So these countries implement various filters that are basically censorship. Some of it is totally acceptable, like blocking access to illegal material, like child pornography or terrorist content, and some of it is more questionable, like blocking websites that reference various copyrighted materials, like torrent sites.

The torrent is illegal, the site that links to the torrent? Not so much. Blocking it is basically like blocking wikipedia because an article has the chemical formula for making explosives. Sure, it lets you do something illegal, but the website itself isn’t

On top of that, countries order various companies to remove content, like India ordering the removal of a lot of Chinese apps from various app stores, or blocking various IPs, including the website for VLC, because they couldn’t understand the difference between VLC, the official application, and people distributing infected copies of VLC, illegally.

You also have Russia, ordering companies like Google or Microsoft to remove certain links and websites from their search results, so no one in Russia can access them anymore. This is limiting access to the free and open web: you don’t get the full connected web, you get a subset of it.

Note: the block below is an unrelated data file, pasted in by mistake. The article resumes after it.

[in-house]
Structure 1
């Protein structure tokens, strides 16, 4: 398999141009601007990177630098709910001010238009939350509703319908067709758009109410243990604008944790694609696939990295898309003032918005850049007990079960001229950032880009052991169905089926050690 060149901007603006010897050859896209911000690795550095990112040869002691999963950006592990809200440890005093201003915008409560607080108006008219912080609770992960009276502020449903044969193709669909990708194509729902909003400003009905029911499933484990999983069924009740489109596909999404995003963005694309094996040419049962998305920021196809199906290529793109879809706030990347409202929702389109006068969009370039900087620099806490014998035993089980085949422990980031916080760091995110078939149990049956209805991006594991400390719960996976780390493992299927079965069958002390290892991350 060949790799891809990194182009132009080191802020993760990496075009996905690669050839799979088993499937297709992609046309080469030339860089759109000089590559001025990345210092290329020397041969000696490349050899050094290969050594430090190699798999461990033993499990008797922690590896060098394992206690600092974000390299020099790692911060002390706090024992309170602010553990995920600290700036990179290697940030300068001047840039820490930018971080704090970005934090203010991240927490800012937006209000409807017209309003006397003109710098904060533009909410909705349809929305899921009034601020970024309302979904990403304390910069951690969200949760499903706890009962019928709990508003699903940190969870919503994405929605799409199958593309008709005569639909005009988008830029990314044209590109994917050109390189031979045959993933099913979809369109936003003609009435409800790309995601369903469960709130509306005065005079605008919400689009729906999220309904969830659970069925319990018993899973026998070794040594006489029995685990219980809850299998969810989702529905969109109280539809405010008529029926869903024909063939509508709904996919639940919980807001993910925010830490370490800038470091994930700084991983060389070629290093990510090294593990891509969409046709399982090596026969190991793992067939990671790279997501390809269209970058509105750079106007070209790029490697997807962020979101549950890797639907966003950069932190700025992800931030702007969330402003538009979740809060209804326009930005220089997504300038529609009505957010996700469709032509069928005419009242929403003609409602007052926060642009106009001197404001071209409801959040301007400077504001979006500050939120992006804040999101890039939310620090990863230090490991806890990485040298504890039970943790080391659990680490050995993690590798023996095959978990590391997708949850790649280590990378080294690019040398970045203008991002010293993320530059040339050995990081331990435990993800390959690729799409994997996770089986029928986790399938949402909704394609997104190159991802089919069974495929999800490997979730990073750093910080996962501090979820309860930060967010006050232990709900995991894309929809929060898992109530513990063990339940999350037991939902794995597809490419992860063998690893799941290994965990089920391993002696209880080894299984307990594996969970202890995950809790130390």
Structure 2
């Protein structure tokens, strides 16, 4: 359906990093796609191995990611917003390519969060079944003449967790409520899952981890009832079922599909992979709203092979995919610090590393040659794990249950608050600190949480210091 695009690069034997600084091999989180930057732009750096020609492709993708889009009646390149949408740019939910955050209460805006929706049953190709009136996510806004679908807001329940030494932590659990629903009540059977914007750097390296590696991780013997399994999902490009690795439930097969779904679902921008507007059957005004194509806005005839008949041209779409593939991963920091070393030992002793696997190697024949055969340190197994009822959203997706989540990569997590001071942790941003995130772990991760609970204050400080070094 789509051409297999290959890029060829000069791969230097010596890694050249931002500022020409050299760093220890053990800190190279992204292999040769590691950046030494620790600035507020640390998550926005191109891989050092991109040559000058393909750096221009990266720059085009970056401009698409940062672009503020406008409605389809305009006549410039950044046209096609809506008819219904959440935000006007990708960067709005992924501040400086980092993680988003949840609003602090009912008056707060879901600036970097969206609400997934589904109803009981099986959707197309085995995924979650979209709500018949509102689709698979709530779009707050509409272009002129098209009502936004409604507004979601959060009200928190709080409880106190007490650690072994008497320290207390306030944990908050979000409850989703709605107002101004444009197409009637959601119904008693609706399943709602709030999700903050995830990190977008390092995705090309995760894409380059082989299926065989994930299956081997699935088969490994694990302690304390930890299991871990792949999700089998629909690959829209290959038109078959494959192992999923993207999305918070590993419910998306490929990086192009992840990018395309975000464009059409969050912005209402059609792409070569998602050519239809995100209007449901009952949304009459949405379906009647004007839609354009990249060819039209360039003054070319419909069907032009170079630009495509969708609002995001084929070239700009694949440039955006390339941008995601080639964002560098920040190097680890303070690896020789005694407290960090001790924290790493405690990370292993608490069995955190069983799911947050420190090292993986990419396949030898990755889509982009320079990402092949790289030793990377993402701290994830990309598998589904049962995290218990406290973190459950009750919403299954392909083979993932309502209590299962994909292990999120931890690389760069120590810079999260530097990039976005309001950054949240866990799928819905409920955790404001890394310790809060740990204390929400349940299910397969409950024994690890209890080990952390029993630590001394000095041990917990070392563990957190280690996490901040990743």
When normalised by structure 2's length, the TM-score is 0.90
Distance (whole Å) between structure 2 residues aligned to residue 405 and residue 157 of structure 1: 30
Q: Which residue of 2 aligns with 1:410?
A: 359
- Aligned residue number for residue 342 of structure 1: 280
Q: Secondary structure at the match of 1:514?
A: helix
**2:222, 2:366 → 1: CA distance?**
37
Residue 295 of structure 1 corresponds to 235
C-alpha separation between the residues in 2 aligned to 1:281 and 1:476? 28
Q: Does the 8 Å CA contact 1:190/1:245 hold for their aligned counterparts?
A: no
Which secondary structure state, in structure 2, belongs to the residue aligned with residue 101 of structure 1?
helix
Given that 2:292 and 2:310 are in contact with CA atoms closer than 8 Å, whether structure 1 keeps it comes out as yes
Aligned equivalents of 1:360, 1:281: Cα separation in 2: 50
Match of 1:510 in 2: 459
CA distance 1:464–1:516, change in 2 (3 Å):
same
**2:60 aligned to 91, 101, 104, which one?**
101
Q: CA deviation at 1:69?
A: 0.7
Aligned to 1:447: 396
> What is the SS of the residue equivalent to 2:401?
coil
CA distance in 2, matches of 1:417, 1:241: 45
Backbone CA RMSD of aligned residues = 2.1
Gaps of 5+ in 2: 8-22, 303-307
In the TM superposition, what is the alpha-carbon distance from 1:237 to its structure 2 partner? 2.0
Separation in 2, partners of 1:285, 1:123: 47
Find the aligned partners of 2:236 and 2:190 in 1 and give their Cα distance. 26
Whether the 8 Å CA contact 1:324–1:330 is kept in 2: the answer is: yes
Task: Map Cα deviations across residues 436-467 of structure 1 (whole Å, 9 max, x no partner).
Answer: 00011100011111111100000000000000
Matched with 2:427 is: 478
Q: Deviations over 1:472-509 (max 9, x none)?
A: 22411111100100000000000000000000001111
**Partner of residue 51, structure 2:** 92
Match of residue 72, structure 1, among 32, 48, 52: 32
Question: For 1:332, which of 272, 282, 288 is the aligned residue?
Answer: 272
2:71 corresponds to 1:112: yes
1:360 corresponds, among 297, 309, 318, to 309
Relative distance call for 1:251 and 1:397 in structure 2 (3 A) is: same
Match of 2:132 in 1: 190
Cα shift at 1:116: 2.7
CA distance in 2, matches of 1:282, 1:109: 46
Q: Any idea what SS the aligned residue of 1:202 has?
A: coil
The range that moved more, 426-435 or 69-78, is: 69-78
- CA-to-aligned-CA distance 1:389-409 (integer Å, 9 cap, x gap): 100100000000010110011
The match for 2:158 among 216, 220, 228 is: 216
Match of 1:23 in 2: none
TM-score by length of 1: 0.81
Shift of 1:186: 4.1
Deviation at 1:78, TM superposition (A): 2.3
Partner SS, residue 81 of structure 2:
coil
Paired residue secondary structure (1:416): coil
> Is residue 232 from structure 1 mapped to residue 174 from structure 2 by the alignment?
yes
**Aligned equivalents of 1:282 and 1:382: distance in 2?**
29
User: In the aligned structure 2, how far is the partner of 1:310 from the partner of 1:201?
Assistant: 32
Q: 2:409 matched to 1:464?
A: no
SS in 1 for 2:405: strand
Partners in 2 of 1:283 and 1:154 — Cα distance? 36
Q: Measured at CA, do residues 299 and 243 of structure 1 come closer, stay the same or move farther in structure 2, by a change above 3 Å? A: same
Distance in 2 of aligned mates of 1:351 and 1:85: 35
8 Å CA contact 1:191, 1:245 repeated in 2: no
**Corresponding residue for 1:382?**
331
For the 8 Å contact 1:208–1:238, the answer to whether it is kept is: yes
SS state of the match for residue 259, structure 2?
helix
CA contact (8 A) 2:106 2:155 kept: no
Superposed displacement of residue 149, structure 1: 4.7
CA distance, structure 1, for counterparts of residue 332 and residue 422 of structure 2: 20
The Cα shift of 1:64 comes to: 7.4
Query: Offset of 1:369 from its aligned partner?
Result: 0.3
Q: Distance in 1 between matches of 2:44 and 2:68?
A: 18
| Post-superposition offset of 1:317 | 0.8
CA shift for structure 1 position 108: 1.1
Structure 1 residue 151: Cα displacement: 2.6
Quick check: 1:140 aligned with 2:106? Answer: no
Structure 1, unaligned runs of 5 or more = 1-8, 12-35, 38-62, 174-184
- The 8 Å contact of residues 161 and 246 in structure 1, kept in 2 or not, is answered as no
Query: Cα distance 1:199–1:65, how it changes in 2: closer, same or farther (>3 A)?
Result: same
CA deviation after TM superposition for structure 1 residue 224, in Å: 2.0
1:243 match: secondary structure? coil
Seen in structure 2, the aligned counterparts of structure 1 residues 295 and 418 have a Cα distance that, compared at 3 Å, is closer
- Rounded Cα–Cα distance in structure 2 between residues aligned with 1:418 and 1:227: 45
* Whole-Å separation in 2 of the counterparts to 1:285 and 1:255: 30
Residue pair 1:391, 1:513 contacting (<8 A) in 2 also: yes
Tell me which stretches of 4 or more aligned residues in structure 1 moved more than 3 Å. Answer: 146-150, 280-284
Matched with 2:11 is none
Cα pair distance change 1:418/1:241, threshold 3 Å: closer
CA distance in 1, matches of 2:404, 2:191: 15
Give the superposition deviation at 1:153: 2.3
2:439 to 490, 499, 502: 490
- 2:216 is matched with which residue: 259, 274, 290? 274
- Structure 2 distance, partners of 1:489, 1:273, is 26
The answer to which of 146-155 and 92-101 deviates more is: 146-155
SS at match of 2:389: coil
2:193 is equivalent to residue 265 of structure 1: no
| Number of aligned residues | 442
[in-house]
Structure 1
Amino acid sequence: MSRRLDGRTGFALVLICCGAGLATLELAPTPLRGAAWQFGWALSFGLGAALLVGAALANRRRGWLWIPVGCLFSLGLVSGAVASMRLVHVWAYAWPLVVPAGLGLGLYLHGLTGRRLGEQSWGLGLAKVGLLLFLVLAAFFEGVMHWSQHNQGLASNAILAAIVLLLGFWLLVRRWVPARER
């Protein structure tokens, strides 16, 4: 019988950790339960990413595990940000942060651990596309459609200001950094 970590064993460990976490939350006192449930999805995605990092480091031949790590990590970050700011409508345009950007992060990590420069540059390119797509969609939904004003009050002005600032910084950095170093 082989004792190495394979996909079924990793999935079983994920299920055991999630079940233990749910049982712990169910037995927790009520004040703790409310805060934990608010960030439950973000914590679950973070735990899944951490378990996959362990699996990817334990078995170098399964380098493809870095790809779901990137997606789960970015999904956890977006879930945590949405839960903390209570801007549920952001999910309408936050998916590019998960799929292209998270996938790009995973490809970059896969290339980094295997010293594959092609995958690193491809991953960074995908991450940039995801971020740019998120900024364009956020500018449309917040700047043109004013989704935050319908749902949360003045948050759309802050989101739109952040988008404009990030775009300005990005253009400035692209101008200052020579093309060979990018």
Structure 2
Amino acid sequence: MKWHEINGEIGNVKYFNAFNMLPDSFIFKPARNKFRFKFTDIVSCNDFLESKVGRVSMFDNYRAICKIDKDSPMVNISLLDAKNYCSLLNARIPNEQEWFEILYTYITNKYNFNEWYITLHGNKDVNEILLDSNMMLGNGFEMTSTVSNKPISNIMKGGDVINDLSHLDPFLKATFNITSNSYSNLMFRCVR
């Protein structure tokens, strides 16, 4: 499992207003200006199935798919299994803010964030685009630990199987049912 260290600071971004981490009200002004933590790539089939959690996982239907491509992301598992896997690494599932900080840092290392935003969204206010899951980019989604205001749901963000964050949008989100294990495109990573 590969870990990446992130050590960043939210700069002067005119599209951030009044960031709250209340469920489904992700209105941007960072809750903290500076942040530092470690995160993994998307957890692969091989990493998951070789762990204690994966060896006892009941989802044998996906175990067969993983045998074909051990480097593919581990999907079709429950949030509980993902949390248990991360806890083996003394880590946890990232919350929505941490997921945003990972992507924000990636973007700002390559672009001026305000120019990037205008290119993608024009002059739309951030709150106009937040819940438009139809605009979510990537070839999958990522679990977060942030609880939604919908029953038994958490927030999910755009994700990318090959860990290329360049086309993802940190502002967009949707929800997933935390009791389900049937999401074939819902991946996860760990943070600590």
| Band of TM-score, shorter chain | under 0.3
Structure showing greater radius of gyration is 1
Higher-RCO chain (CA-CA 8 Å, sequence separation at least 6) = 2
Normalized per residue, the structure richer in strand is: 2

Companies who refuse can be banned in these countries, so they generally comply if they want to stay in business there, but that’s not enough: it depends on the willingness of the company to comply, and the strength of the country to be able to actually ban the company if they don’t comply.

Banning Google entirely is not easy. You’re depriving your citizens of a lot of services. And a lot of spyware. Think of the children’s data, who’s going to collect it now?

But it’s not just authoritarian governments that do it. In the EU, for example, France has blocked various media websites and TV channels linked to Russia after the war in Ukraine, whether they clearly were fake news and Russian propaganda, or just reporting on what Russia was saying without necessarily endorsing their point of view.

France also at some point had a law that would ban a user from even having an internet connection if they were caught downloading pirated content 3 times. Fortunately they never applied these sanctions, but it still let them implement a nice mass surveillance network in the name of protecting copyright holders. And once the capability is built, it’s easy to abuse it to remove stuff the government might not like.

All these filters make the internet less open: you can’t freely access what you’re looking for if your country decides it’s not allowed. And that’s not at all what the internet is about